publishing date
type
Contribution to journal
publication status
published
subject
in
The Journal of thoracic and cardiovascular surgery
volume
138
issue
3
pages
712 - 717
publisher
Mosby
external identifiers
  • WOS:000269323000028
  • PMID:19698860
  • Scopus:68749114991
ISSN
1097-685X
DOI
10.1016/j.jtcvs.2008.11.068
language
English
LU publication?
yes
id
278f16d5-f6b8-4257-b687-f4dbc0d3d048 (old id 1469498)
alternative location
http://www.ncbi.nlm.nih.gov/pubmed/19698860?dopt=Abstract
date added to LUP
2009-09-07 15:38:17
date last changed
2016-10-13 04:25:12
@misc{278f16d5-f6b8-4257-b687-f4dbc0d3d048,
  abstract     = {OBJECTIVE: Heart rupture is a devastating complication to negative pressure wound therapy in cardiac surgery. Also, reduced cardiac output during negative pressure wound therapy has been reported. The present study aimed to examine the effects of negative pressure wound therapy on the position of the heart in relation to the thoracic wall using magnetic resonance imaging in a porcine sternotomy wound model. METHODS: Six pigs had median sternotomy followed by negative pressure wound therapy at -75, -125, and -175 mm Hg. Real-time magnetic resonance imaging movies (10 images/s) were acquired in a midventricular transverse plane or a midsagittal plane during the application of negative pressure wound therapy. RESULTS: Similar finding were observed at all different negative pressures studied. Negative pressure wound therapy caused the heart to be displaced toward the thoracic wall, and in some cases, the right ventricular free wall bulged into the space between the sternal edges, and the sharp edges of the sternum jutted into and deformed the anterior surface of the right ventricular free wall. These events were not affected by the interposition of 4 layers of paraffin gauze dressing but were hindered by the placement of a rigid barrier between the anterior portion of the heart and the inside of the thoracic wall. CONCLUSION: The results show altered position of the heart in relation to the sternum during negative pressure wound therapy. This may explain 2 potentially hazardous events associated with negative pressure wound therapy, namely, risk for heart rupture and reduced cardiac output. Inserting a rigid barrier over the heart may be a protective measure that is clinically practicable.},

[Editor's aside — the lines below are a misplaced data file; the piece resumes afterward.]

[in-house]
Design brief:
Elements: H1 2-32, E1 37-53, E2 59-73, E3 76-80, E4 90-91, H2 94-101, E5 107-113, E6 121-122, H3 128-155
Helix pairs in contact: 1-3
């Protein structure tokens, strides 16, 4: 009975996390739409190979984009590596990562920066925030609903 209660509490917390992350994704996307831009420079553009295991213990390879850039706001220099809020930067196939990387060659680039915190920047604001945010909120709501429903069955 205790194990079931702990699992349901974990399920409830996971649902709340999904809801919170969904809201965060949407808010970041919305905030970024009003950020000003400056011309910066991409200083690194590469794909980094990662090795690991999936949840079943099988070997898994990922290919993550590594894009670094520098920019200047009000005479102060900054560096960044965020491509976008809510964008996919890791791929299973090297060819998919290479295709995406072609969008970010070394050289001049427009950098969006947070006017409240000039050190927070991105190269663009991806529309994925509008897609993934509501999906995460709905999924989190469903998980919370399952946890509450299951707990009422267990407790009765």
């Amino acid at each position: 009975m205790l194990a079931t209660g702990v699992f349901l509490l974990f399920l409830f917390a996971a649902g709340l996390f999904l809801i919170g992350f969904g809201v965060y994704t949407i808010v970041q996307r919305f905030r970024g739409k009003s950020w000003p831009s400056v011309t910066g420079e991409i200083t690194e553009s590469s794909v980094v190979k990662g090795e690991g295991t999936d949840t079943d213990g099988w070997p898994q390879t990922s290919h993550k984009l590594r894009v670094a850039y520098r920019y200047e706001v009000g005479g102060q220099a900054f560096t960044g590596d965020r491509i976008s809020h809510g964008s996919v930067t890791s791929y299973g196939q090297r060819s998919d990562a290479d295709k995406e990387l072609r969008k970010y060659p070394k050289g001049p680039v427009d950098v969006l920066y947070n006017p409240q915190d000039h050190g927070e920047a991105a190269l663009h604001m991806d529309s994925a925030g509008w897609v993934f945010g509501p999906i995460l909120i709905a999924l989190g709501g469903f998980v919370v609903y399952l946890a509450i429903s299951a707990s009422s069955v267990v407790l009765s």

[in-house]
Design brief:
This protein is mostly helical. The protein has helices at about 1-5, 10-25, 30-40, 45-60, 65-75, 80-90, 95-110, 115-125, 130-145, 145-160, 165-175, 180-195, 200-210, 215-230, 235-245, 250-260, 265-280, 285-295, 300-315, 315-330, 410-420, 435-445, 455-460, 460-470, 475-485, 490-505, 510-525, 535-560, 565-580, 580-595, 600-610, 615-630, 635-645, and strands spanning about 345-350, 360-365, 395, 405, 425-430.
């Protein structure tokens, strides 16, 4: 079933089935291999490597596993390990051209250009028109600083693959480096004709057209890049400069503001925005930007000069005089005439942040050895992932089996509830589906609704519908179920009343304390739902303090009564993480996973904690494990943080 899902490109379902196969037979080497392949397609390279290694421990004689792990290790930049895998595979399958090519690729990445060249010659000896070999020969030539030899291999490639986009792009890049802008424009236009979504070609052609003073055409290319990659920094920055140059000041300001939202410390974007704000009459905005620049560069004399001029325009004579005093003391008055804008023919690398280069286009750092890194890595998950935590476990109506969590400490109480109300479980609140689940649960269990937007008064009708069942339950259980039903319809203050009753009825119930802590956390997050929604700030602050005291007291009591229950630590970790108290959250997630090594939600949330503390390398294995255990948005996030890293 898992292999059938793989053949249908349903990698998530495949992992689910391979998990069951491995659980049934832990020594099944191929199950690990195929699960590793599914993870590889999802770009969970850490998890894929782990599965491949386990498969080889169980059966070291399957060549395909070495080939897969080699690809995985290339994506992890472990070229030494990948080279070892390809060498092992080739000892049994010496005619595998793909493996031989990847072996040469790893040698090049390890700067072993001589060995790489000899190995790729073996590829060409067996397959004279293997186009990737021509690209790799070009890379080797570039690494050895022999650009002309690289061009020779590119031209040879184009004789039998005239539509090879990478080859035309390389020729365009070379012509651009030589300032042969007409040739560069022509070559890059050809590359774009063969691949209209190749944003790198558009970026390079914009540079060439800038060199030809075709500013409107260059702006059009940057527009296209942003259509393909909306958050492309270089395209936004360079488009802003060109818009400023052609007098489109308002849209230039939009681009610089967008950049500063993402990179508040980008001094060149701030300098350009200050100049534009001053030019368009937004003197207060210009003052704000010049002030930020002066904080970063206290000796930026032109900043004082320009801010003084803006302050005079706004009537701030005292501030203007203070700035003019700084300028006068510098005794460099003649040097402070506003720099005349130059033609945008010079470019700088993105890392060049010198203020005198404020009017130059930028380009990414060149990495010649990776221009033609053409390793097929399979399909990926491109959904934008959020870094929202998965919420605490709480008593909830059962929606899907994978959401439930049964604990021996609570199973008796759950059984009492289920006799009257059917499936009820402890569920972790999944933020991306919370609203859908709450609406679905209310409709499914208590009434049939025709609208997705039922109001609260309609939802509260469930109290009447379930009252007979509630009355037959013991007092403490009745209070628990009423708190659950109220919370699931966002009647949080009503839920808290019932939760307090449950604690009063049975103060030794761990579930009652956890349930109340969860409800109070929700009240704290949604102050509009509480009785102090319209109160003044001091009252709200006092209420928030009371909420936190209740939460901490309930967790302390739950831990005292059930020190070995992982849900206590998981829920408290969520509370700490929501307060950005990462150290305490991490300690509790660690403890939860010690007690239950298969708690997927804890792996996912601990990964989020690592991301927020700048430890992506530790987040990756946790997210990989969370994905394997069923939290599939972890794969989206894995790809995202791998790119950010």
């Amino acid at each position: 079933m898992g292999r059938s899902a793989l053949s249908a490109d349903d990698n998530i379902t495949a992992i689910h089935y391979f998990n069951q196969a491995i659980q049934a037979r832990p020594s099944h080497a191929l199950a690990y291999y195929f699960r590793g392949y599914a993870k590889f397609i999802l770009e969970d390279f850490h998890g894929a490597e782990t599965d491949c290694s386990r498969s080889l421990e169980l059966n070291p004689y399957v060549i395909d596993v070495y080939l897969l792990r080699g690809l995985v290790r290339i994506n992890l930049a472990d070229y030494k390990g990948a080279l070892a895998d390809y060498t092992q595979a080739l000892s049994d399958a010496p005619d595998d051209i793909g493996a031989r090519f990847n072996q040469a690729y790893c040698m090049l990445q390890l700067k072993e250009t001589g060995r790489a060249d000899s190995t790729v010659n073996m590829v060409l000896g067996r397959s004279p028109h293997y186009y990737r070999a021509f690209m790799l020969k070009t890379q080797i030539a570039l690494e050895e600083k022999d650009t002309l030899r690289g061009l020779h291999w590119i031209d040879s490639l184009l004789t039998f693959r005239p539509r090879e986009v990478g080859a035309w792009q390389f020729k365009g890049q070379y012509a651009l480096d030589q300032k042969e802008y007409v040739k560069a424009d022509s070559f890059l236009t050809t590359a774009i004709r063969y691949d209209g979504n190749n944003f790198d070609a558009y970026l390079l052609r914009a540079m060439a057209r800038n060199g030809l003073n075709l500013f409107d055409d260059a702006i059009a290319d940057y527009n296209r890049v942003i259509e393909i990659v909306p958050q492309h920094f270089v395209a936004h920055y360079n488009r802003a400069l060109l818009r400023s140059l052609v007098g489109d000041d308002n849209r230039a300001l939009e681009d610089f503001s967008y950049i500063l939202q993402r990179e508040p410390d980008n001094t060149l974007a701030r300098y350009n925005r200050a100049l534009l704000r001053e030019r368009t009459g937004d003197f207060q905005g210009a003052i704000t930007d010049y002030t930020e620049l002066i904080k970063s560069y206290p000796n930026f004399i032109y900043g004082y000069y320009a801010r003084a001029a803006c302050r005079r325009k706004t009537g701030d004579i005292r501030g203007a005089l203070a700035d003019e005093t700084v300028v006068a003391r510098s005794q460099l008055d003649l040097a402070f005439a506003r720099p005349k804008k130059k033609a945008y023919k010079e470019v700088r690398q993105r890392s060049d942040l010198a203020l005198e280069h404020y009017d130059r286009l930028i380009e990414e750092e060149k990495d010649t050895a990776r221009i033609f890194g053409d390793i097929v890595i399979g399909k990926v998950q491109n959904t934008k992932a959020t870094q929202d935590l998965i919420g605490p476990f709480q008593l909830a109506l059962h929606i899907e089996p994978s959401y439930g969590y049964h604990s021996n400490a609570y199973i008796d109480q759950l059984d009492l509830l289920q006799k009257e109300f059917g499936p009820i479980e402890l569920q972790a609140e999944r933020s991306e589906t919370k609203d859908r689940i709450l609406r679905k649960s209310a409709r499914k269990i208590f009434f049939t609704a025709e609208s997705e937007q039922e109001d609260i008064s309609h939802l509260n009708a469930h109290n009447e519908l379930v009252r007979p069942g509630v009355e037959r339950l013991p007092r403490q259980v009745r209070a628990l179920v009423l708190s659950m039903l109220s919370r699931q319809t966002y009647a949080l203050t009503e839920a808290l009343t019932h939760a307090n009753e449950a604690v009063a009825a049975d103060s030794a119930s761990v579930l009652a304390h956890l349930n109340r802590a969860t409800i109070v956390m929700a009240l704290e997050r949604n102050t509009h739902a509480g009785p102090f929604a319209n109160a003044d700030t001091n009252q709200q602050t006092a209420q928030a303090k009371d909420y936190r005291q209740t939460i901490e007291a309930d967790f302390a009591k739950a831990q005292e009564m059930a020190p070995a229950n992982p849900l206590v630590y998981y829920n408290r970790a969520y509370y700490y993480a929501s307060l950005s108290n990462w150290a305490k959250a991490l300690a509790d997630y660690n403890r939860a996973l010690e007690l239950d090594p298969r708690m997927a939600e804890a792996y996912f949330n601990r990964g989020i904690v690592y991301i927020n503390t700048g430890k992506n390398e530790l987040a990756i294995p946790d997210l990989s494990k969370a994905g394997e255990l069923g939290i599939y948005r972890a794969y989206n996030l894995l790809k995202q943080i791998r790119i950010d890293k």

author       = {Malmsjö, Malin and Petzina, Rainer and Ugander, Martin and Engblom, Henrik and Torbrand, Christian and Mokhtari, Arash and Hetzer, Roland and Arheden, Håkan and Ingemansson, Richard},
  issn         = {1097-685X},
  language     = {eng},
  number       = {3},
  pages        = {712--717},
  publisher    = {ARRAY(0x85f1ef8)},
  series       = {The Journal of thoracic and cardiovascular surgery},
  title        = {Preventing heart injury during negative pressure wound therapy in cardiac surgery: assessment using real-time magnetic resonance imaging.},
  url          = {http://dx.doi.org/10.1016/j.jtcvs.2008.11.068},
  volume       = {138},
  year         = {2009},
}